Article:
As typical teachers look at the students in their classrooms, they see dramatic differences from the classrooms of their youth. Today 1 in 3 children in the United States is from an ethnic or racially diverse group; 1 in 7 speaks a language other than English at home, and 1 in 15 is born outside the United States (Garcia, 1999). Linguistic and cultural diversity has become a reality in U.S. schools. Unfortunately, schools have fallen short in meeting the needs of diverse students (SuarezOrozco & Suarez-Orozco, 1995). While one-tenth of EuropeanAmerican students leave high school without a diploma, one-fourth of African-American, one-third of Latino, and two-thirds of immigrant students drop out of school.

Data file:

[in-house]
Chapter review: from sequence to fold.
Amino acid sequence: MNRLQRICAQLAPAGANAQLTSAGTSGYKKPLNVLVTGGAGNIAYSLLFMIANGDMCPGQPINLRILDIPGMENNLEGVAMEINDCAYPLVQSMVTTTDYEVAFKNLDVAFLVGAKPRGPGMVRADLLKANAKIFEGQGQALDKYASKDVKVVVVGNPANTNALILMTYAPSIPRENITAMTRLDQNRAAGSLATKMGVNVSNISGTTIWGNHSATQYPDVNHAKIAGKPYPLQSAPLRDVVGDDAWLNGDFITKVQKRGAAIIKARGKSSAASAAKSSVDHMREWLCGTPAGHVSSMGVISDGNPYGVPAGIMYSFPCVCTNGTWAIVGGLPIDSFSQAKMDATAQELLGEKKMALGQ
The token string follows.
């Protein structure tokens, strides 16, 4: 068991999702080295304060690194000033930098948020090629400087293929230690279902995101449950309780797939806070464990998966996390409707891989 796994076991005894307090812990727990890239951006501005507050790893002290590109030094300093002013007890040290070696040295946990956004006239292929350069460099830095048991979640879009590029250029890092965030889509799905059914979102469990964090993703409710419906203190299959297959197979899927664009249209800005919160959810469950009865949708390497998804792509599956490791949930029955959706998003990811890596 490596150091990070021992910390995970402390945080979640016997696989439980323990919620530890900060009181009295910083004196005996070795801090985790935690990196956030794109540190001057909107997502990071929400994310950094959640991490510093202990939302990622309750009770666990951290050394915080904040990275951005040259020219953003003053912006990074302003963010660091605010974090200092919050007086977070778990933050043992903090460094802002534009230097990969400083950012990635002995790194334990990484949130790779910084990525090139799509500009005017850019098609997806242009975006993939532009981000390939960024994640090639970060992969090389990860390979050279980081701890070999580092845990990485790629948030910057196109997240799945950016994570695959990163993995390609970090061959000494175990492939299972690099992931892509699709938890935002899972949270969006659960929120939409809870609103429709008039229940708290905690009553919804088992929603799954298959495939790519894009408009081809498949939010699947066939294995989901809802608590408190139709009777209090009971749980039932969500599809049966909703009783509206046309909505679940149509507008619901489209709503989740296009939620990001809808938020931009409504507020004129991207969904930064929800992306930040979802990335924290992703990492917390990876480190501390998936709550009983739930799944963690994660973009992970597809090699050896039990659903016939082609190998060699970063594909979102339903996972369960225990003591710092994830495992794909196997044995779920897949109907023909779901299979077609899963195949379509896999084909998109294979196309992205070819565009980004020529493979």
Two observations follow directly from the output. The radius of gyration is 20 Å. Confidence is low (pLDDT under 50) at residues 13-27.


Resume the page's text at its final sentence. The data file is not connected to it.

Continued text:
According to the 1990 U.S. Census, 6.3 million children in the United States spoke a language other than English at home. In 19971998, State Education Agencies reported that 7.8% (3, 452, 875) of all U.S. schoolchildren were classified as Limited English Proficient (LEP). Since 1990, the growth rate for linguistically diverse students has hovered around 10%. While linguistic diversity is a reality throughout the United States, the highest populations are concentrated in select states. California, Texas, Florida, and New York enroll the largest numbers and largest percentage of students classified as LEP (Macias, 2000). In addition to these states, large populations of LEP